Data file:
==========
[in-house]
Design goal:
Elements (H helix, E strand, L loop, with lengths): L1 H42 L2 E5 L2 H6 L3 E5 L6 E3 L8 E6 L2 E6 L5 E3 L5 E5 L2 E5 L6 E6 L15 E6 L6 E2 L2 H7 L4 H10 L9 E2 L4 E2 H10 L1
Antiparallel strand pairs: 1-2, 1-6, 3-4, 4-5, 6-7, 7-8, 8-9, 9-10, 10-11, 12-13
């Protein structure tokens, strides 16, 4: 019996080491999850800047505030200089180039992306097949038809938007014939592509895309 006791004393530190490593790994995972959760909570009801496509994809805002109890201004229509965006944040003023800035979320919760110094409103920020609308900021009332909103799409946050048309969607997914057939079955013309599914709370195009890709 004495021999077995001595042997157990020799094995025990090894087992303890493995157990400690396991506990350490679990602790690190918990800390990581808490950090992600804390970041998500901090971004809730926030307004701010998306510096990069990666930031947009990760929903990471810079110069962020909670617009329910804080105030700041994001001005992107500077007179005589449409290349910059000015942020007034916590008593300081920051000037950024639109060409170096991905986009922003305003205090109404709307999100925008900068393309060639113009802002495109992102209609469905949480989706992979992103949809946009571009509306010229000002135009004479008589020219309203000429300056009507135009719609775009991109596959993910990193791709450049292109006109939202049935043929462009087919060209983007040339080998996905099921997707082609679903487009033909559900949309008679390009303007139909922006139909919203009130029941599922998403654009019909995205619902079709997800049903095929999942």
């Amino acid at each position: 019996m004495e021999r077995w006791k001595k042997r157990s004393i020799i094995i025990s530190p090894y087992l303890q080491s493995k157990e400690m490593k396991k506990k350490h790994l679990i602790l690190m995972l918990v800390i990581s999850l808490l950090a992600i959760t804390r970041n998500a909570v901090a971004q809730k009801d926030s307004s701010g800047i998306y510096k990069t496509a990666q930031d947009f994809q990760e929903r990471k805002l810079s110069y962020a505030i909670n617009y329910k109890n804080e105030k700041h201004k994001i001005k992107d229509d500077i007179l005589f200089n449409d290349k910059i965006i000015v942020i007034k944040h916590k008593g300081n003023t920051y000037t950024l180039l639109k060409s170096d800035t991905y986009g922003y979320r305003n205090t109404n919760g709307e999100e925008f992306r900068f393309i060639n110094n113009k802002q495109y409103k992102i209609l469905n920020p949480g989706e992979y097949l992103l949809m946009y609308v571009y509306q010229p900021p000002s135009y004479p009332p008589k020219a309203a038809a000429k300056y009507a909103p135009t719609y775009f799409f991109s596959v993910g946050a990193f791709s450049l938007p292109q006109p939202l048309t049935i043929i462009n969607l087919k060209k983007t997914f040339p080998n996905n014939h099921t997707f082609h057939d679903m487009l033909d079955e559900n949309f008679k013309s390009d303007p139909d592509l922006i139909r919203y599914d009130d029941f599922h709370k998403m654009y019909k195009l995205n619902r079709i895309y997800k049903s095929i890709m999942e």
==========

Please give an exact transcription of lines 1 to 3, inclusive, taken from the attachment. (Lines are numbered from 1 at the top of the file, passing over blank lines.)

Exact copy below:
[in-house]
Design goal:
Elements (H helix, E strand, L loop, with lengths): L1 H42 L2 E5 L2 H6 L3 E5 L6 E3 L8 E6 L2 E6 L5 E3 L5 E5 L2 E5 L6 E6 L15 E6 L6 E2 L2 H7 L4 H10 L9 E2 L4 E2 H10 L1